- The Washington Times - Friday, August 13, 2010

By James Sullivan
Da Capo Press, $26 261 pages

Ah George, we hardly knew ye. It is fitting to apply this old Irish anti-warlament to the late, great George Carlin, the comedian’s comedian who began as a “regular” stand-up and ended as something very different … and a recipient of the Mark Twain Prize for American Humor. This book, written by James Sullivan (a pop culture writer whose earlier books were on James Brown and blue jeans), makes a good companion piece to Carlin’s posthumously published 2008 autobiography, “Last Words: A Memoir.”

Whereas Carlin tells you how it felt and suggests what it may have meant to have lived such an up-and-down life in and out of the spotlight of celebrity, Mr. Sullivan starts with the premise that Carlin was an icon, not just of comedy but of contemporary American life and its culture, tracing a mind-numbing number of stops along the trajectory of the comic’s professional life. If you like/love George Carlin, you’ll like/love the ride, and if you don’t, well then you should just, as George might say, fugedaboutit.

Carlin was often billed as the second coming of Lenny Bruce, but we sometimes forget that he began as a straightforward, almost uptight-looking stand-up, starting small but very quickly hitting the big time, with appearances on the Carson and Sullivan shows. But while his hair and clothes were both neat and tidy and non-threatening, some of the characters he created - like Al Sleet the Hippie-Dippy Weatherman and the rat-a-tat sportscaster Biff Burns - suggested the career turn he would eventually take.

As Mr. Sullivan writes, “Many comedians have distinctive voices, but only a few are fortunate enough to develop one that’s never been heard. George Carlin’s voice was unmistakable. In his younger years he had the mellow, quizzical tone of a perpetually amused pot smoker. Later it aged into a hard-earned rasp. Throughout his various stages, this one-of-a-kind voice - quintessential New Yorker, representative hippie, reflexive contrarian - spoke for a nation of dissatisfied idealists and for himself alone.”

That might strike you, as it did me, as a bit over the top, but the author seems right on the money when he writes, “For most comics, stand-up is a means to an end. In the 1980s, ten solid minutes got more than a few their own sitcoms. In the age of television, Carlin was a rare creature - a comedian for whom stand-up comedy was the mountaintop. ‘I found out that it was an honest craft, and in fact, that art was involved,’ he said.”

The book presents its subject not just cradle to grave, but from conception (a failed weekend attempt at reconciliation by his estranged parents) to his final heart attack (the last of several) and death in Santa Monica’s St. John’s Hospital five days after he learned he’d been tapped for the Mark Twain prize. His reaction: “Thank you, Mr. Twain. Have your people call my people.”

Mr. Sullivan does a good job of citing the early influences, from Spike Jones to Bruce by way of Burns and Allen, Sid Caesar and Uncle Miltie, and gives just enough space to Carlin’s less-than-decorated service in the U.S. Air Force. Early on, we meet Brenda, his wife of 36 years, who, like George, had her own problems with drugs and drink. The author definitely does not sugarcoat the various addictions of both spouses, but after a while the careful, nonjudgmental way he reports, for example George’s admission he was drinking a bottle of wine a day while downing four or five Vicodins, seems oddly detached.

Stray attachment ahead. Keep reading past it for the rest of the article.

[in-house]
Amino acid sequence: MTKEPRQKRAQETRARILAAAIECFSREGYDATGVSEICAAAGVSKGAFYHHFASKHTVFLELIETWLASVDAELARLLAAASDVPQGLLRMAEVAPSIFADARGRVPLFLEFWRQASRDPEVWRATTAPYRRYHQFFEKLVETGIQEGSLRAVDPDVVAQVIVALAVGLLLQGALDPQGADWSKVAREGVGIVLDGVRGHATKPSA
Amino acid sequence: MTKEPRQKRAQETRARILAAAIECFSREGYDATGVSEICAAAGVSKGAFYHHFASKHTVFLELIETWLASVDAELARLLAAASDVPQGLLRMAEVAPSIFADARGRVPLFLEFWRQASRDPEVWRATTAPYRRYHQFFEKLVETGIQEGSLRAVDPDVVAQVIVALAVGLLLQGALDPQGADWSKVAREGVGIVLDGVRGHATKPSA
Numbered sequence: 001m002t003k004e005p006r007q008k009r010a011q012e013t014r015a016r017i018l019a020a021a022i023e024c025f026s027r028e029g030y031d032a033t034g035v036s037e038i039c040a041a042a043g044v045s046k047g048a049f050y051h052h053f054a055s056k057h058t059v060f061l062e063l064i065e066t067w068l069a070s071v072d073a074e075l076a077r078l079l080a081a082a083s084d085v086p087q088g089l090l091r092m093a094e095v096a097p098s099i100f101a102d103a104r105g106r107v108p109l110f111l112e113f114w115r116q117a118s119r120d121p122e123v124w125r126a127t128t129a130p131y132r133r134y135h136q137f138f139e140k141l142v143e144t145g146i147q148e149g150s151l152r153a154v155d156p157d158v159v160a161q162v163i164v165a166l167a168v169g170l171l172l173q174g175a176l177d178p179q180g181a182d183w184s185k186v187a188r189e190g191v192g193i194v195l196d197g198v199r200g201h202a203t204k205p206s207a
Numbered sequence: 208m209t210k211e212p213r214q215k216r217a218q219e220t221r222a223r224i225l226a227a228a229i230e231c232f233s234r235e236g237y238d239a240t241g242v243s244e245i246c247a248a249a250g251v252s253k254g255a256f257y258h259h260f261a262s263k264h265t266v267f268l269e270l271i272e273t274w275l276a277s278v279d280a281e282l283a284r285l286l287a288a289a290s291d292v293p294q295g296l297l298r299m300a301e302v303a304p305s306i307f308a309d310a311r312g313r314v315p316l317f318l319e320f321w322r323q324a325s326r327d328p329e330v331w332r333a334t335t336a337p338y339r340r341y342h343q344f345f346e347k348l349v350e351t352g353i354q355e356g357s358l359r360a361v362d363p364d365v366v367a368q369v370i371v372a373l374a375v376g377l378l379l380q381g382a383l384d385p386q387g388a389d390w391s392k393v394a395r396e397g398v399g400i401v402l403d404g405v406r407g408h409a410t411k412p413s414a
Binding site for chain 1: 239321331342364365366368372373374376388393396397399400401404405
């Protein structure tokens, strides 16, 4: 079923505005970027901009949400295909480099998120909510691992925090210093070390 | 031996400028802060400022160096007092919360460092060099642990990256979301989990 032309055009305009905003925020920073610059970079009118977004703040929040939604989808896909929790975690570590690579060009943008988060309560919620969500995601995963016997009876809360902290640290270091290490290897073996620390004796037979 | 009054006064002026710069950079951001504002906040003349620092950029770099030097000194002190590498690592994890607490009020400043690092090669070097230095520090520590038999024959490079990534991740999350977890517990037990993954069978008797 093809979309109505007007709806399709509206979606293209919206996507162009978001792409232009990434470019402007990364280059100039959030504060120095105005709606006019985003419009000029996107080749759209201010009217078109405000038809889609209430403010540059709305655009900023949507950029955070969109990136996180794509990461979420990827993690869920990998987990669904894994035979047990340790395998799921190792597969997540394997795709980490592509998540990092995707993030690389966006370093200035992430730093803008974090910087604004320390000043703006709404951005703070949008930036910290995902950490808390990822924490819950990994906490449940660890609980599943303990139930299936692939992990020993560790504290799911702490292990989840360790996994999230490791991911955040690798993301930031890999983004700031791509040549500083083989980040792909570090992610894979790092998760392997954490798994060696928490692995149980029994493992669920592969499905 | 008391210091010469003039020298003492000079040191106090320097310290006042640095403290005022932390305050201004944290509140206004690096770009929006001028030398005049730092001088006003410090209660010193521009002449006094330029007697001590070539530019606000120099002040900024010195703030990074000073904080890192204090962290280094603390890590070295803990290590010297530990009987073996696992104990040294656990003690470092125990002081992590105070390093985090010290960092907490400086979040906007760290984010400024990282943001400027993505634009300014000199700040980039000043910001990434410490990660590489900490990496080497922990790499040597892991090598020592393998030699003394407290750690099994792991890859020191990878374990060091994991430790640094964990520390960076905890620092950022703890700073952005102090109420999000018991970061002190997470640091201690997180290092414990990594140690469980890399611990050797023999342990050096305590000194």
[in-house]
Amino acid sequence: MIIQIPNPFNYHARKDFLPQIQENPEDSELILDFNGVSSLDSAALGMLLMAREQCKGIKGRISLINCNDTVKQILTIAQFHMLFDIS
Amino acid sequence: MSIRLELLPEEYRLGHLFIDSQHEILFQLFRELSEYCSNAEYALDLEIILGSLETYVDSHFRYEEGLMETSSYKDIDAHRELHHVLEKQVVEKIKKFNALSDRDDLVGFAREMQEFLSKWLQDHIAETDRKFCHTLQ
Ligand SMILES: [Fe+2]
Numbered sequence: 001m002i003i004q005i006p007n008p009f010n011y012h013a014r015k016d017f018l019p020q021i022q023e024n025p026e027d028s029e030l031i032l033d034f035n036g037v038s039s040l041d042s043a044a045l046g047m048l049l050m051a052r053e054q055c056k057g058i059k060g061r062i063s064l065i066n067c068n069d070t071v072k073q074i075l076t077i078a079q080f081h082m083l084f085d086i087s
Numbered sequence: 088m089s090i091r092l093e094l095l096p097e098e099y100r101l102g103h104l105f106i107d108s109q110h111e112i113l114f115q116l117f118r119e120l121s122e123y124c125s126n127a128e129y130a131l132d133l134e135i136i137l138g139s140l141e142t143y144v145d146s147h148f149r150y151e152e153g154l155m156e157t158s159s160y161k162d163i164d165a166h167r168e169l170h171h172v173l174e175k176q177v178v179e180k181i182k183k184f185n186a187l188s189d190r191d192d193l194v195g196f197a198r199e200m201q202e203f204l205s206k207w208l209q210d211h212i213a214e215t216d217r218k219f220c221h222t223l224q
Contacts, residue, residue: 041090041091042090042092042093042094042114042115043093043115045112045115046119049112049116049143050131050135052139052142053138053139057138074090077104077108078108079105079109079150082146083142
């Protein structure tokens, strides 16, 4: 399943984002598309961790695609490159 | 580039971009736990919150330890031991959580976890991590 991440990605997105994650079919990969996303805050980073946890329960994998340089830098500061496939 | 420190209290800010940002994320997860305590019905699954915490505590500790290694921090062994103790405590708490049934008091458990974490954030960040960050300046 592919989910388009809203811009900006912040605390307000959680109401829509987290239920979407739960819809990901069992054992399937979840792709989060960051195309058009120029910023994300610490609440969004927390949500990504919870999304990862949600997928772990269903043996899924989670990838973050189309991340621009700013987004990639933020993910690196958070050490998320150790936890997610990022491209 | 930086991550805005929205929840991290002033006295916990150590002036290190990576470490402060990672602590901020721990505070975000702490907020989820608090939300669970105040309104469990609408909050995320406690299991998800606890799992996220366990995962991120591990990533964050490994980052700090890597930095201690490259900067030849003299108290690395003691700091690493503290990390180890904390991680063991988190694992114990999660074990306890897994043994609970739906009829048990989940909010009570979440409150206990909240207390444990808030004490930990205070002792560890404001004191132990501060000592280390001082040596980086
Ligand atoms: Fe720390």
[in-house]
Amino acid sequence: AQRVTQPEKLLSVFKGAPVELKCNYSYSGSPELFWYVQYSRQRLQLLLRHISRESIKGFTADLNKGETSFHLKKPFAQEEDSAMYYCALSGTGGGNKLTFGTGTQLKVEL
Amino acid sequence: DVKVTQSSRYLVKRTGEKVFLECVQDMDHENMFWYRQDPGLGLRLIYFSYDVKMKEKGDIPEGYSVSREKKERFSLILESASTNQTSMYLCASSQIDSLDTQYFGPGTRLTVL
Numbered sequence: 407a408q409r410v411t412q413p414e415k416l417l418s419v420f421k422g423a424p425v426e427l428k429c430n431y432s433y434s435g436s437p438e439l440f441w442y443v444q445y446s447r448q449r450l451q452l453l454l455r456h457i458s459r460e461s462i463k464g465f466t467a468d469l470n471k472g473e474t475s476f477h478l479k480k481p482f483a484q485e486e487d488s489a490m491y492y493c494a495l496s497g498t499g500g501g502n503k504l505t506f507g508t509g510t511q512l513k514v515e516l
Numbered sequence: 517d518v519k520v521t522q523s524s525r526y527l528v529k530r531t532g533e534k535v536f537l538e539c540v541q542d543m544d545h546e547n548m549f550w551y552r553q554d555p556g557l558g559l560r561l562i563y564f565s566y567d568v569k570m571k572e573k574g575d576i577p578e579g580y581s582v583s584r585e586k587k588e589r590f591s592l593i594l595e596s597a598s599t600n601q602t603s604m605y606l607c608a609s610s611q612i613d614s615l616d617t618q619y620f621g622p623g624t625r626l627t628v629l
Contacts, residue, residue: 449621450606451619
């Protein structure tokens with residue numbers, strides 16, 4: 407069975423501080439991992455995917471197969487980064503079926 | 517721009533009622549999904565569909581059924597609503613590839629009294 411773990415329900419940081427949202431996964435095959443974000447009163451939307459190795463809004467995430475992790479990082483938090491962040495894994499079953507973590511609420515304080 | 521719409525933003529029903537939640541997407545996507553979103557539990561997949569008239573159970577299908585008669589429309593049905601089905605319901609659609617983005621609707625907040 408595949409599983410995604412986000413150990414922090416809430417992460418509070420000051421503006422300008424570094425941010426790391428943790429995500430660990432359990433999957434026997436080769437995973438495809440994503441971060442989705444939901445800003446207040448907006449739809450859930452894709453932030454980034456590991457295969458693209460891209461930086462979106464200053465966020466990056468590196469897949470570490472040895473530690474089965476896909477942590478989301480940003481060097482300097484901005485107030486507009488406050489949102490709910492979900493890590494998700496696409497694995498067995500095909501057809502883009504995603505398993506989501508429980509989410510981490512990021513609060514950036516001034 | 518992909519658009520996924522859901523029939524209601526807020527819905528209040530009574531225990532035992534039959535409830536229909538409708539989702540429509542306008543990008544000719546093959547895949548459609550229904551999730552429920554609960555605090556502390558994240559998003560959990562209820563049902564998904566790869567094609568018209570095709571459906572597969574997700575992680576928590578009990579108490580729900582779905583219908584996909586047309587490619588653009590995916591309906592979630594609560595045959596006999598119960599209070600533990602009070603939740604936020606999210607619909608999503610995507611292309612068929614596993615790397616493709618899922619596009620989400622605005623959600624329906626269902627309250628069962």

Mr. Sullivan wisely includes all the funny bits that Carlin loved, and as a result the reader can see the eventual correlation between his near-corny puns (“My back hurts; I think I over-schlepped,” and, “If crime fighters fight crime and firefighters fight fires, what do freedom fighters fight?”) and his masterful later monologues on words. He shows clearly that Carlin’s most famous - and now historical - routine, “The Seven Words You Can Never Say on Television” is social commentary and not scatological humor.

One of the positive side effects of the author’s thoroughness is that in addition to covering Carlin’s career in great detail he gives us a pocket-sized history of comedians, especially stand-up comedians, in this country in the 20th and 21st centuries. If you happen to think they are all insanely jealous of one another and wallow in schadenfreude, you will learn they are, and do not. And some, like Carlin, are unusually collaborative and generous, with money as well as material.

One can’t read this book and not be impressed by all the different venues in which Carlin appeared, from tank-town stages to Las Vegas, from Carnegie Hall to SummerFest in Milwaukee (where he was arrested for saying one of the seven verboten words even though the show wasn’t televised). He wrote books, acted on television and in movies, did voice-overs, was nominated for three Grammy awards (and won one) and, fittingly, won a Fee Speech in Comedy Award. As Mr. Sullivan suggests, with a little luck he might also have been nominated, deservedly, for an Academy Award in the best supporting actor category.

In several cases, I think the author asserts more than he demonstrates, as when he says Carlin was closer to H.L. Mencken than Mark Twain, and that he carried on the work (and philosophy) of Lenny Bruce. But that’s not what you take away from this very readable book. What you take away from it is what a multitalented comic performer and actor George Carlin was, and how hard he worked and how much he cared.

Coincidentally, as this review was being written, the U.S. Court of Appeals for the District of Columbia Circuit struck down the FCC’s policy of fining networks for “fleeting indecency.” What a shame George Carlin isn’t still on stage. His comments would have been priceless.

John Greenya is a Washington-area writer.

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